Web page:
Once I’ve identified my Ewings, it’s easy enough to identify games in which they started and those in which they didn’t.  I took the team’s overall W% when the Ewing started.  Suppose that a team had a .600 win percentage with the Ewing in the lineup in whatever year I’m looking at.  Then, let’s suppose that in the three games where he didn’t play, the team won two and lost one.  For those two wins, that’s .4 wins above what we would expect from them.  For the loss, they get a .6 win debit (or .6 losses, however you want to look at it.)  If teams really do compensate in some way when losing a star player, we would expect that adding up all of these numbers over all teams and all years would produces a zero (if they break even) or a positive number if they somehow manage to do even better.  If teams do actually suffer from missing their Ewing, the sum would be negative.
The rest is just crunching the numbers.  So, what do the numbers say?  Over the course of the last 26 years (excluding 1981), teams were 137 wins below what they would be expected to do when their Ewing was missing.  Teams really do get worse when you take away their best player.  Over the course of the seasons in questions, these teams combined for a record 19209 – 18883 with their Ewing in the lineup (a winning percentage of .504), and a 2680-3001 record without (.472).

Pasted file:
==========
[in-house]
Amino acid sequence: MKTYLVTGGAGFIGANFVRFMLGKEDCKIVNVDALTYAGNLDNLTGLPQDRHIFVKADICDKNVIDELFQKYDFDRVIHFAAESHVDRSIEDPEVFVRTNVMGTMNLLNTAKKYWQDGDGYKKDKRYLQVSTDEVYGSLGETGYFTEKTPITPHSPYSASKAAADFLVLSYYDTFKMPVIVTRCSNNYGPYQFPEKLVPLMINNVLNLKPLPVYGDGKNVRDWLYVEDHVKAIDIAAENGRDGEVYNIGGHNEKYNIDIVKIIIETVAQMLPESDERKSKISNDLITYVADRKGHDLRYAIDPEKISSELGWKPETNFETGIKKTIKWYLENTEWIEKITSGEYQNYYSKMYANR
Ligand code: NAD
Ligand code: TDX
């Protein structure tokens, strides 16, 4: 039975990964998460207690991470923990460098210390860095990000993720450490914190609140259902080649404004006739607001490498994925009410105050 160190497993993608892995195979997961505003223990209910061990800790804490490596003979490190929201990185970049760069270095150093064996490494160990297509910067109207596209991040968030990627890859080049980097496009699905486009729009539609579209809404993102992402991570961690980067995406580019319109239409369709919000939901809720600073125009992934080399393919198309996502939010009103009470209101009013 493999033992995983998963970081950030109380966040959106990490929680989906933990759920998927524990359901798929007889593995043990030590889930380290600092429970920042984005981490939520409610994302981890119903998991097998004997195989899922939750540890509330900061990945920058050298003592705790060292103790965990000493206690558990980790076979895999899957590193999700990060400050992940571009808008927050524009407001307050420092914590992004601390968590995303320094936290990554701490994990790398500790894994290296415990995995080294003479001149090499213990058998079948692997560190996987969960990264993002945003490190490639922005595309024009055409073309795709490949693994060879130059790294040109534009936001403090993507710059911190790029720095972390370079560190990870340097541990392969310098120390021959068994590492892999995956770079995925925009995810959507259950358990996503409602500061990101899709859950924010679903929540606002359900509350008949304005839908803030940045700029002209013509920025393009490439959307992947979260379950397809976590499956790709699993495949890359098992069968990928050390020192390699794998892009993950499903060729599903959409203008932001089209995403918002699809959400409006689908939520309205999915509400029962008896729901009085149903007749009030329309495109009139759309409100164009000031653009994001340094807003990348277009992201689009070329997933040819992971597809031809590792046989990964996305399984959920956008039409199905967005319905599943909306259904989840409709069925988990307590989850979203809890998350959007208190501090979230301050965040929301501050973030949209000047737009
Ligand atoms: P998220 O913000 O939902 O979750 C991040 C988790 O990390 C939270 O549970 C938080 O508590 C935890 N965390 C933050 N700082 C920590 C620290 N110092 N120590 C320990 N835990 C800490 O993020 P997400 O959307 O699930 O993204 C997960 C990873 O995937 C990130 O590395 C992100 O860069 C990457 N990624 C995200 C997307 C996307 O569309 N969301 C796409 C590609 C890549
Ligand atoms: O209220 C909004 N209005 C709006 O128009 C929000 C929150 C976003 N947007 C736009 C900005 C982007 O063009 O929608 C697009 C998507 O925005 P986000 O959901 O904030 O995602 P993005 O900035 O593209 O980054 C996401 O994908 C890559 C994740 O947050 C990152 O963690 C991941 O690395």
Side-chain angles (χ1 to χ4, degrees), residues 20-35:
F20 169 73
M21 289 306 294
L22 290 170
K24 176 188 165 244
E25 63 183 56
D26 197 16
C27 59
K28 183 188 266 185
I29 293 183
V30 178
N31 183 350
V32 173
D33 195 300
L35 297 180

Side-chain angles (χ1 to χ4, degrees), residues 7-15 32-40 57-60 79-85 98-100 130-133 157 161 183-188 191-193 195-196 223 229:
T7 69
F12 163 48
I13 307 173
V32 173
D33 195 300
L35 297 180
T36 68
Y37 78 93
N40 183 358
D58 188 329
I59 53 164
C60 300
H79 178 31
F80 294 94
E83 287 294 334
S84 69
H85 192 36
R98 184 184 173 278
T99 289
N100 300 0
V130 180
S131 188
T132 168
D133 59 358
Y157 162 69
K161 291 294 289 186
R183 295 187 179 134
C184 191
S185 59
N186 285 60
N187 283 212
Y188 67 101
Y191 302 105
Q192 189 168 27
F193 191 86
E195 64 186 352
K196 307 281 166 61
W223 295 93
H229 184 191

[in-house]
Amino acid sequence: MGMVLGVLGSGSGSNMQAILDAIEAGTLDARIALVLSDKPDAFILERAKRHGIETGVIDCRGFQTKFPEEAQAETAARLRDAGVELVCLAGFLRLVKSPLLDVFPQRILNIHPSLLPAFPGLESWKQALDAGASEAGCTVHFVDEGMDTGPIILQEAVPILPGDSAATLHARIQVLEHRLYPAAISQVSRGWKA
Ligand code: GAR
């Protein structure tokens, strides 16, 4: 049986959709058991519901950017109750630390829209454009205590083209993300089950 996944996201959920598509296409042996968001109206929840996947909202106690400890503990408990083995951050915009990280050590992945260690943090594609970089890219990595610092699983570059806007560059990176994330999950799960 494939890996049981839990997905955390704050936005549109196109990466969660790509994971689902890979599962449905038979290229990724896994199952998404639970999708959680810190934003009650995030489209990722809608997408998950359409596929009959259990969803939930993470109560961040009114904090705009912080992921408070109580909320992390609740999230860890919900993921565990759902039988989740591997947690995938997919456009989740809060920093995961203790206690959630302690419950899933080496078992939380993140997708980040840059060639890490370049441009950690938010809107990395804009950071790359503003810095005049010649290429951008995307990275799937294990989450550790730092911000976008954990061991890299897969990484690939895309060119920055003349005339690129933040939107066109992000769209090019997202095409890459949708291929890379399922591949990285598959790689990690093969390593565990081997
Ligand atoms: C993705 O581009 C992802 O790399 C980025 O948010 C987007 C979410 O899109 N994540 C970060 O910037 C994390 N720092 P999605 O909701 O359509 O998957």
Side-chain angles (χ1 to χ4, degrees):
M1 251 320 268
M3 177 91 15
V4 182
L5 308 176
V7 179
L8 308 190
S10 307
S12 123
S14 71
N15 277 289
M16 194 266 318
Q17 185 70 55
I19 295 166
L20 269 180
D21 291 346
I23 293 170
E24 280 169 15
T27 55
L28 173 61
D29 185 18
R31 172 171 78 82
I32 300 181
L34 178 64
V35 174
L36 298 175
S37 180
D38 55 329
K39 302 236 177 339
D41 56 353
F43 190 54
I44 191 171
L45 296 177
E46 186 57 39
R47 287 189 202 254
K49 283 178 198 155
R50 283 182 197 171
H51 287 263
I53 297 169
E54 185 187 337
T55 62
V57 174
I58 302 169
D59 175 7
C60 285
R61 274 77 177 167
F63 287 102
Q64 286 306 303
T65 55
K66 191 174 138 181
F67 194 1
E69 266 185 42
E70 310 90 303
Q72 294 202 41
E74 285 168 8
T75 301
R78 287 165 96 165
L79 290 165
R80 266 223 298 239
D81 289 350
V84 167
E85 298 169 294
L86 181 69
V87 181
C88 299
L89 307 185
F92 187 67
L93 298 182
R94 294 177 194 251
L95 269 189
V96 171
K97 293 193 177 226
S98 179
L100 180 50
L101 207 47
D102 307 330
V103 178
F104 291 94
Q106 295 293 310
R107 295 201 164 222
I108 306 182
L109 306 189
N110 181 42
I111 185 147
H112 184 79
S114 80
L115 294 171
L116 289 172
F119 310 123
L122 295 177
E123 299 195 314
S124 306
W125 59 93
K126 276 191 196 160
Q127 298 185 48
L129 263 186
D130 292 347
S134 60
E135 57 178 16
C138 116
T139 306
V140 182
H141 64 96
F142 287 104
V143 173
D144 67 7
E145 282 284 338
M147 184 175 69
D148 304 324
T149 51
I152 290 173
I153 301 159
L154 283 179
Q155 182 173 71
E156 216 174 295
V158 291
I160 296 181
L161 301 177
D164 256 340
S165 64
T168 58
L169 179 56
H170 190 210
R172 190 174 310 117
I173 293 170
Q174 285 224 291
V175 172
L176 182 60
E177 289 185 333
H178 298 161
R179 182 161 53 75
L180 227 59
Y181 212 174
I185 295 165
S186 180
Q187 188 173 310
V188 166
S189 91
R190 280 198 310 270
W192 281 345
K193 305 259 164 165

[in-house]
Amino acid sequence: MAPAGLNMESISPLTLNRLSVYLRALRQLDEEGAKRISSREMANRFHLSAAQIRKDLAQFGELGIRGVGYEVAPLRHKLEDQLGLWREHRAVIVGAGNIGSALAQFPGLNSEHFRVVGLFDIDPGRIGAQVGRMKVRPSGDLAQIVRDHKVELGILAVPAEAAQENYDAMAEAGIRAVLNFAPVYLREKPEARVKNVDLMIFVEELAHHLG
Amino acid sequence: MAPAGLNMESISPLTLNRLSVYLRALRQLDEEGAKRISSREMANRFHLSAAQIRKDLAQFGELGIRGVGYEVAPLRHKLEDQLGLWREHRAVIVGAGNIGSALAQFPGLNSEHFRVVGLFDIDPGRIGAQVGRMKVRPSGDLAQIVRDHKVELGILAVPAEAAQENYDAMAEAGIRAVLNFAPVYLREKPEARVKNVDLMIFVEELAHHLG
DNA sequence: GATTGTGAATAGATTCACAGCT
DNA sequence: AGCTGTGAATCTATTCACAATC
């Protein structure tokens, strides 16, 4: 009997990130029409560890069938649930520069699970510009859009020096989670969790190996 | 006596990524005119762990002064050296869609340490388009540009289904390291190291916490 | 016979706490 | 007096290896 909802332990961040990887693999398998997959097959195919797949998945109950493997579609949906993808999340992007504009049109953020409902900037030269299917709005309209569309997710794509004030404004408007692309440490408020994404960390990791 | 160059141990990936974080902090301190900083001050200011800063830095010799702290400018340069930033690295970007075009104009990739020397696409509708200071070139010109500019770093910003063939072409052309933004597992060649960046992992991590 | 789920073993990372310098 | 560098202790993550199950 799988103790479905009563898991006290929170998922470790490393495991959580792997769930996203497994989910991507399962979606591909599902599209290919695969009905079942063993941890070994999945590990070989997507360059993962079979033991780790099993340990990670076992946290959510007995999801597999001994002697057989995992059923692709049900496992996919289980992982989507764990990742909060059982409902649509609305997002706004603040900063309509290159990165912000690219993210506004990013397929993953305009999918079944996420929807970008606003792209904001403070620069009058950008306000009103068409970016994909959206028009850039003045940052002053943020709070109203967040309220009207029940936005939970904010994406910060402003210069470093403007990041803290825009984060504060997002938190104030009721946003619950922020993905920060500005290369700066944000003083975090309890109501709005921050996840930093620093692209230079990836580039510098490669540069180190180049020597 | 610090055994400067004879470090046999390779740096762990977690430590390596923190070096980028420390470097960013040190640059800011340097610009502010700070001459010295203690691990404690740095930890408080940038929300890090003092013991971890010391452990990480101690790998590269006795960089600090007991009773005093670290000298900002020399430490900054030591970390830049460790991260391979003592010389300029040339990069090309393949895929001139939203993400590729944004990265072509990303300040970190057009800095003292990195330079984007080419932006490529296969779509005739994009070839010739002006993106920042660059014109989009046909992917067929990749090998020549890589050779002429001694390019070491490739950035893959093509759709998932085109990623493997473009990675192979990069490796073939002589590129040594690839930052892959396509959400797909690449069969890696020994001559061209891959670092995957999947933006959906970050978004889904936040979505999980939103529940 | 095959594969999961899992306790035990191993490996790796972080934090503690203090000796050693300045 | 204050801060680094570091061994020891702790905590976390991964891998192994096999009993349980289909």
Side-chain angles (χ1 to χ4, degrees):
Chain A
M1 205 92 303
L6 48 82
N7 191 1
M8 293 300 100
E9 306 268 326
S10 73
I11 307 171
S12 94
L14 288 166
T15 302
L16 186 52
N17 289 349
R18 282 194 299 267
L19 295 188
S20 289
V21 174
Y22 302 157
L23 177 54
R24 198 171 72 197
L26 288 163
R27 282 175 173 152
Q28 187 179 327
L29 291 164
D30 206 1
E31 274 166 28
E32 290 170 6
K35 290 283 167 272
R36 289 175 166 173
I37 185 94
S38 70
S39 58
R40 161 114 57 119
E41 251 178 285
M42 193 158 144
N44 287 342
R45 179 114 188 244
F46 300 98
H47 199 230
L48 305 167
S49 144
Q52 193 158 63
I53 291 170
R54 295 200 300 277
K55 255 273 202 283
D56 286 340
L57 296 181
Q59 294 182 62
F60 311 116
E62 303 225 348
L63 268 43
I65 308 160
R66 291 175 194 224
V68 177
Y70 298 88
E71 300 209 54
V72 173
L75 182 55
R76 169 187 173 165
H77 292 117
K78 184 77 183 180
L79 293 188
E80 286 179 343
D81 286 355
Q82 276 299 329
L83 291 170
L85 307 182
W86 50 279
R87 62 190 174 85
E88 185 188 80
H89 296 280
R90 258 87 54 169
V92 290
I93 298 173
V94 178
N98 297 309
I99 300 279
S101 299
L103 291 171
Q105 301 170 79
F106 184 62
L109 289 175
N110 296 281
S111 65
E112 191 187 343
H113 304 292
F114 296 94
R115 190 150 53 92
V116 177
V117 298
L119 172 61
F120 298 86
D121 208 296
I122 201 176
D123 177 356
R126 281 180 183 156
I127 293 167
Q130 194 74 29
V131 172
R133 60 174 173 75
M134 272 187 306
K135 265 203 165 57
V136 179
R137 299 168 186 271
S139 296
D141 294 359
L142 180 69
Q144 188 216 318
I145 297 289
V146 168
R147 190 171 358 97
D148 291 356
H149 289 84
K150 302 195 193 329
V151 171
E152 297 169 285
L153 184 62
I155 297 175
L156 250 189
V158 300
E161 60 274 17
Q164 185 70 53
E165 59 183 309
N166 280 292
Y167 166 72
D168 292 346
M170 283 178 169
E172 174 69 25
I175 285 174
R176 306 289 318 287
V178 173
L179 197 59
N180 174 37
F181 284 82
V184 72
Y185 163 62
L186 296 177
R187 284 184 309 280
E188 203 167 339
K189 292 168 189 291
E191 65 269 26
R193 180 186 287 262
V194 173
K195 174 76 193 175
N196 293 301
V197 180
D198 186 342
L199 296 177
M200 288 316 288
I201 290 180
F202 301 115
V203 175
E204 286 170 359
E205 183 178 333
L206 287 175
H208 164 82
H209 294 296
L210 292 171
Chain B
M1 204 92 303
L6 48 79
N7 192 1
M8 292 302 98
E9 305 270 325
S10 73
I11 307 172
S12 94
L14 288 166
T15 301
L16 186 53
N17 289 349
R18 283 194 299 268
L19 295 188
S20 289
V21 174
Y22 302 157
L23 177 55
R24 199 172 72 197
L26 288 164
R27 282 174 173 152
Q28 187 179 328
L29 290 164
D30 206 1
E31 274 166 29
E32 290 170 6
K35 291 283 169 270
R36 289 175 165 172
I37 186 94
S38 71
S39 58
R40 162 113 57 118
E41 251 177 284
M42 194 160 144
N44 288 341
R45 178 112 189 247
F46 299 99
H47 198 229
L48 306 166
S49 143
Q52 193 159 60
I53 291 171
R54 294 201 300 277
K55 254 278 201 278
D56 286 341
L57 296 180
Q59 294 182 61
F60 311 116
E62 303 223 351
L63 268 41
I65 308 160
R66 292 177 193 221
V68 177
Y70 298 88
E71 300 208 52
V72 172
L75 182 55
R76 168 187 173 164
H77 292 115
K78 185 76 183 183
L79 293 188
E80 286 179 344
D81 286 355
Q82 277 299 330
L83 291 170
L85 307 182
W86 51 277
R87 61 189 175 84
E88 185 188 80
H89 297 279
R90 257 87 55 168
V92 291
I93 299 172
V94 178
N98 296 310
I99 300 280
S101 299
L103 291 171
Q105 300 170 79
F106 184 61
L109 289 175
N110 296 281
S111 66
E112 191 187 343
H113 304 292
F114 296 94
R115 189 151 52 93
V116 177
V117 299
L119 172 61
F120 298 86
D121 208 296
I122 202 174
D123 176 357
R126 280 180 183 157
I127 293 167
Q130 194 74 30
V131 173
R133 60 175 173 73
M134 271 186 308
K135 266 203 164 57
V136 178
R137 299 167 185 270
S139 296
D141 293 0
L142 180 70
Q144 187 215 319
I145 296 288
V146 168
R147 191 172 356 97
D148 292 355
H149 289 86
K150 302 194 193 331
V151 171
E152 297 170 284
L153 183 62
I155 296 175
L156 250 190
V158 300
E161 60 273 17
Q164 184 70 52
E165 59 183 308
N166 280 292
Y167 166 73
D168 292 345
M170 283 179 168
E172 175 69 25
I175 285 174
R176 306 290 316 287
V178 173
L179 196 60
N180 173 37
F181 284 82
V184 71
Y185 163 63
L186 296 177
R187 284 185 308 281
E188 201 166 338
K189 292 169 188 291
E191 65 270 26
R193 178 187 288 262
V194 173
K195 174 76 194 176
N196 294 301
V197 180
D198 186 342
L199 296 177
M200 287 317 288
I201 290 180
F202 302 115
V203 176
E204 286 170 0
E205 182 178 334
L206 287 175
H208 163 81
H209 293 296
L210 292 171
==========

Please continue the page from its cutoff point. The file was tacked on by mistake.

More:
Now, that’s not to say that there weren’t teams that didn’t get better after the loss of their star.  The most extreme example was the 2004 Los Angeles California Angels of Anaheim California which is near Los Angeles.  That year, the Angels were a .530 team in the 115 games where Vlad was in the starting lineup and a .660 team in the 47 games when he wasn’t.  That’s a total of 6 extra wins without Vlad over what they would have been expected to win if they had just held steady to what they did with Vlad.  The 1987 Brewers, on the other hand, really missed Paul Molitor (in the year of his 39 game hit streak… I was at game number 35 in the fourth row!  Best seats I’ve ever had for a baseball game.)  They were a .647 team when he was in the lineup and .348 when he wasn’t, for a total of 13 extra losses without Molitor.  A few Ewings never gave their teams a chance to test the theory.  Cal Ripken, in 1991, was in the middle of an MVP season, but… well, perhaps you’re familiar with his work attendance rates during that time period.  In all, 99 teams got better without their Ewing, 3 performed the same, and 161 were worse off.  At least in baseball, the Ewing Theory doesn’t work.